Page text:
Buckingham Group Contracting has lost a case in the Technology and Construction Court brought over a £26m contract to build a corrugated cardboard plant for Peel L&P Investments and Property.
It contested Peel’s attempt to deduct £1.9m in liquidated damages for delays to the works at Ellesmere Port in Cheshire.
But Alexander Nissen QC, sitting as a deputy High Court judge, found in his judgement against the grounds the contractor argued.
Buckingham said the liquidated damages were void and unenforceable under the contract, because parts of it were ambiguous.
The project used the JCT Design and Build Contract 2016, but with various amendments specific to the project.
Nissen said Buckingham argued “that the contractual provisions are so defectively drafted and/or incomplete that they are void for uncertainty and/or unenforceable”.
Buckingham said the contract contained two competing dates for practical completion and so it was impossible to tell from which any liquidated damages should run.
Nissen found this was not the case and said “the date from which liquidated damages run for non-achievement of [a milestone date] is clearly 30 November 2018”.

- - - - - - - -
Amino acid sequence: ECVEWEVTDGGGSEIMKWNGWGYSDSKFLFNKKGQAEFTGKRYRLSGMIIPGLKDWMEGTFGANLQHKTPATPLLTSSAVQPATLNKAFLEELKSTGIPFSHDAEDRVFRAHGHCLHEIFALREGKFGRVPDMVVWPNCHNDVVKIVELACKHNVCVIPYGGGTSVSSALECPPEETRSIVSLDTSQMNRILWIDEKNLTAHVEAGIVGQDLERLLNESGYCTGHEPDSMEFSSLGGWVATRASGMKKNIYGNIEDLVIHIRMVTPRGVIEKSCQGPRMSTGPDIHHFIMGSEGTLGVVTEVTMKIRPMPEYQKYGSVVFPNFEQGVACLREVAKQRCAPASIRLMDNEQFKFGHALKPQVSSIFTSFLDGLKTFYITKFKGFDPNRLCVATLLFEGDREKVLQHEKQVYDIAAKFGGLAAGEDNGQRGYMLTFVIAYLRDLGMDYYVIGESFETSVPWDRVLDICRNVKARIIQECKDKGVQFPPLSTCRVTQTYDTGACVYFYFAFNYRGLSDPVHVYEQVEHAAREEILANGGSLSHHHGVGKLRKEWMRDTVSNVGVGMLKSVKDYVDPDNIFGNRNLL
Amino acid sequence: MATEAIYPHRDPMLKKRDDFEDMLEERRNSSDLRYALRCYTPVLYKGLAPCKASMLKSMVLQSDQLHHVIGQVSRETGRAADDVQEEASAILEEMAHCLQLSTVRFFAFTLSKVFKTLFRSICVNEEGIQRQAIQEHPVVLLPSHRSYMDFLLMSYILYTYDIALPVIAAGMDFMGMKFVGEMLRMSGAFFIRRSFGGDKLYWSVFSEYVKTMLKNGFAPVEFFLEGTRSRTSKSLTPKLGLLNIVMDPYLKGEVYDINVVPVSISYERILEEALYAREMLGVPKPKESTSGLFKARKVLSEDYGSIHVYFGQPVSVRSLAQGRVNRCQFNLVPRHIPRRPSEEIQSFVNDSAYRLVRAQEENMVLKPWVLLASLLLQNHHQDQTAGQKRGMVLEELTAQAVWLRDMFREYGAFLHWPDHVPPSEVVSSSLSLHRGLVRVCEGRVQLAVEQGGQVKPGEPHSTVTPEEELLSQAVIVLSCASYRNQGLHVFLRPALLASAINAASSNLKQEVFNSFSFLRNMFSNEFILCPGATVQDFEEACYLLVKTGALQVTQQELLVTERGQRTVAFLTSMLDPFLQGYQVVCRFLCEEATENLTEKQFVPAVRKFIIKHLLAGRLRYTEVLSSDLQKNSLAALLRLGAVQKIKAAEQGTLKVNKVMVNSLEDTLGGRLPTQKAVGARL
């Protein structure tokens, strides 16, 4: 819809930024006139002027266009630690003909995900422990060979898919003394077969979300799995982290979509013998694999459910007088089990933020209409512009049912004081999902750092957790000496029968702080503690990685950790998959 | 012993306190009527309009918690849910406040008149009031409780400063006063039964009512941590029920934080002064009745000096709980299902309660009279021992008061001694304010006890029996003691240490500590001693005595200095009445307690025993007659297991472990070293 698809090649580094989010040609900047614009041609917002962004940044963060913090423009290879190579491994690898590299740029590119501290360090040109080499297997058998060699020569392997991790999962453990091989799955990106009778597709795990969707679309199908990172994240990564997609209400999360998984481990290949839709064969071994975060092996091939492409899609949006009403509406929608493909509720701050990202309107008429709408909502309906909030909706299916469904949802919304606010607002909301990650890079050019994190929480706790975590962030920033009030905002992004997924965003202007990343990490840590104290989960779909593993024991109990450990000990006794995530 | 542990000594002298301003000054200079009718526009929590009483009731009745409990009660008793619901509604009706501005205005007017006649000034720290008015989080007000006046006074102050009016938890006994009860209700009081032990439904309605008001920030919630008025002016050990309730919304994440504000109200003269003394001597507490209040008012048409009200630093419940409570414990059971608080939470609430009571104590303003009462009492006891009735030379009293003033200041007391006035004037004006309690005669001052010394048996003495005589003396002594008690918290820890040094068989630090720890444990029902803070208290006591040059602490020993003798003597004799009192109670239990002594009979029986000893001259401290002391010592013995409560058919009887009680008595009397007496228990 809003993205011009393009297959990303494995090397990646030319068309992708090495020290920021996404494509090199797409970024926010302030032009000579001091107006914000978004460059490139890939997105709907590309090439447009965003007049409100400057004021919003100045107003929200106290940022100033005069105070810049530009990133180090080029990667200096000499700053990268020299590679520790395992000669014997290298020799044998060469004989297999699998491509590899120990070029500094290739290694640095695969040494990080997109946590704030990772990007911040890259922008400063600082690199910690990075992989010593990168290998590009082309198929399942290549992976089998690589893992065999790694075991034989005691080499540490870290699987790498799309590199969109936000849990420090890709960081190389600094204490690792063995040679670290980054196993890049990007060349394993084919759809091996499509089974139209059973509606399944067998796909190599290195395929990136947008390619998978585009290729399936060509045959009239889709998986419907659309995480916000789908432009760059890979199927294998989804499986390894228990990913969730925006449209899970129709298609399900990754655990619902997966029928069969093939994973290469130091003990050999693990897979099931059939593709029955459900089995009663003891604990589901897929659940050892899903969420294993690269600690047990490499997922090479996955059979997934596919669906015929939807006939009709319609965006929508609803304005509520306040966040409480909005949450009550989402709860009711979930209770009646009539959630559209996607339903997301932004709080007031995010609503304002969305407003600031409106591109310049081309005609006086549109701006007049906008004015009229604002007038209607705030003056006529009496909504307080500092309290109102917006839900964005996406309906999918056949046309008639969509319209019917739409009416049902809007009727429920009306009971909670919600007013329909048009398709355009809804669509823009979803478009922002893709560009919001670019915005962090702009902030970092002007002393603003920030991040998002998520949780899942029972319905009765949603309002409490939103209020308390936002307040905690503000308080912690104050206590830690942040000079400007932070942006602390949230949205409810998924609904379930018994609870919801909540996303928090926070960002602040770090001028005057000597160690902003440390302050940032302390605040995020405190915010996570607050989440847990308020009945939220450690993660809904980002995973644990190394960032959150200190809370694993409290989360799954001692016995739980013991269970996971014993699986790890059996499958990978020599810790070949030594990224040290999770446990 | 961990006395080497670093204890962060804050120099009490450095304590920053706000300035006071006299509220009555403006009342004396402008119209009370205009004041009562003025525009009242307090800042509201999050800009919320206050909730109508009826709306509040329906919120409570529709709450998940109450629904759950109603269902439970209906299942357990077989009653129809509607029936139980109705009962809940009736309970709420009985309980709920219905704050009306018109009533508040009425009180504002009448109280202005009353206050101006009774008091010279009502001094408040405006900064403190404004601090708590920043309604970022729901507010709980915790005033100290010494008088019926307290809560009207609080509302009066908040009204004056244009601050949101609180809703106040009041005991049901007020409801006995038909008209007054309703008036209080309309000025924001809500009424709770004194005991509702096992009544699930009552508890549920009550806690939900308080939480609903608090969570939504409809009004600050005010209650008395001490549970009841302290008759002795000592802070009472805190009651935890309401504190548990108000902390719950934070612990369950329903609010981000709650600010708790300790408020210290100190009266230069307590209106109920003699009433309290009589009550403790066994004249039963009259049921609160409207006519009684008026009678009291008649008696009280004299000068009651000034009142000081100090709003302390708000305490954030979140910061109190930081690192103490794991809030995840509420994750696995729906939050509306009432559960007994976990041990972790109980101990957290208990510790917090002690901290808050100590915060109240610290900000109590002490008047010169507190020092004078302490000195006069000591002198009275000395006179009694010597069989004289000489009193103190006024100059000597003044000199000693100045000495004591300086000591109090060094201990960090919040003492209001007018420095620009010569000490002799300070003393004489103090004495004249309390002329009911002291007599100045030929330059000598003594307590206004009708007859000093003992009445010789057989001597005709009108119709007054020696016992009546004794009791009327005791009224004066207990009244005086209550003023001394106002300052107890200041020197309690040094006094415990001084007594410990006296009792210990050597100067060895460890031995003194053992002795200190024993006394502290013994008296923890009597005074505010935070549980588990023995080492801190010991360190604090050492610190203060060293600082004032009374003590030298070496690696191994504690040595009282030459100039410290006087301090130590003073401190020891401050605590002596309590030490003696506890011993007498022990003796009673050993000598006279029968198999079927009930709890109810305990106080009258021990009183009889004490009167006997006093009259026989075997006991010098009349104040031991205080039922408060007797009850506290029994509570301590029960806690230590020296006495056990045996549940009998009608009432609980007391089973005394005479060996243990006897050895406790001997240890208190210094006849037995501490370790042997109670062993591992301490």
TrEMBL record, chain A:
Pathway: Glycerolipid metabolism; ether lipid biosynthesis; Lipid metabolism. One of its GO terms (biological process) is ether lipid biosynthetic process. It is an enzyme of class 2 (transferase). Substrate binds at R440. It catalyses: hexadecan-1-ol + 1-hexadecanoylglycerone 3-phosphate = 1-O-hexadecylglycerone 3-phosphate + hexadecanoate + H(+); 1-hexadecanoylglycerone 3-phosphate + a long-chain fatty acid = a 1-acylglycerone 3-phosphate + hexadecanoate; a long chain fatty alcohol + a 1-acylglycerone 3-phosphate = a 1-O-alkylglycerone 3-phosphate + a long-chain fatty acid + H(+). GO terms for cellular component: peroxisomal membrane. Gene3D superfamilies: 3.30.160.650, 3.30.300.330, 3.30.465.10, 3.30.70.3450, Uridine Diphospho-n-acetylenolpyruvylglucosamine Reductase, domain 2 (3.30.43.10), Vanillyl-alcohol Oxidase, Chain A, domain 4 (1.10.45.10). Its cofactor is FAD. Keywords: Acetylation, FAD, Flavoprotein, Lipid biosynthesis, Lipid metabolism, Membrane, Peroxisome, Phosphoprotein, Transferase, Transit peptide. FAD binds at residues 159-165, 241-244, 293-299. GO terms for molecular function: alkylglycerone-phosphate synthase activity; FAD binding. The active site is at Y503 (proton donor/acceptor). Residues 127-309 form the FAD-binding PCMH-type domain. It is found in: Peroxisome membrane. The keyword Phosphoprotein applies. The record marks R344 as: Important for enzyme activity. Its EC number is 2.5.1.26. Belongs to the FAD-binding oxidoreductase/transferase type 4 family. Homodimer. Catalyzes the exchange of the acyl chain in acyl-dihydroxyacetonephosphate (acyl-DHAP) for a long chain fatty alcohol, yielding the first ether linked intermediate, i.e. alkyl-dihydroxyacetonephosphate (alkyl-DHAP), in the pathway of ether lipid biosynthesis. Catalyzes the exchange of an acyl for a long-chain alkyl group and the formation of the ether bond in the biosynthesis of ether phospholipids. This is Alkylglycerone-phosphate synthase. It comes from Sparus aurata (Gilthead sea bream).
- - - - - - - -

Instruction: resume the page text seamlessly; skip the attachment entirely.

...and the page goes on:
The different date given for completion of the works “is there for a different purpose”, he ruled.
Buckingham also claimed the contract had two sets of rates, “and it is impossible to discern which, if either, the parties intended should apply”, the court was told.
The judge said it was clear to him which was applicable and that, “beyond the fact that the parties took a short cut by copying and pasting a proposal document into the finally concluded document, there is no error, as such, which arises from the fact that the proposal document included a now redundant set of [liquid ascertained damages] rates in the left hand set of columns”.
Nissen concluded: “None of the arguments advanced by Buckingham in respect of the provision for liquidated damages… succeed. The provisions are certain and enforceable.”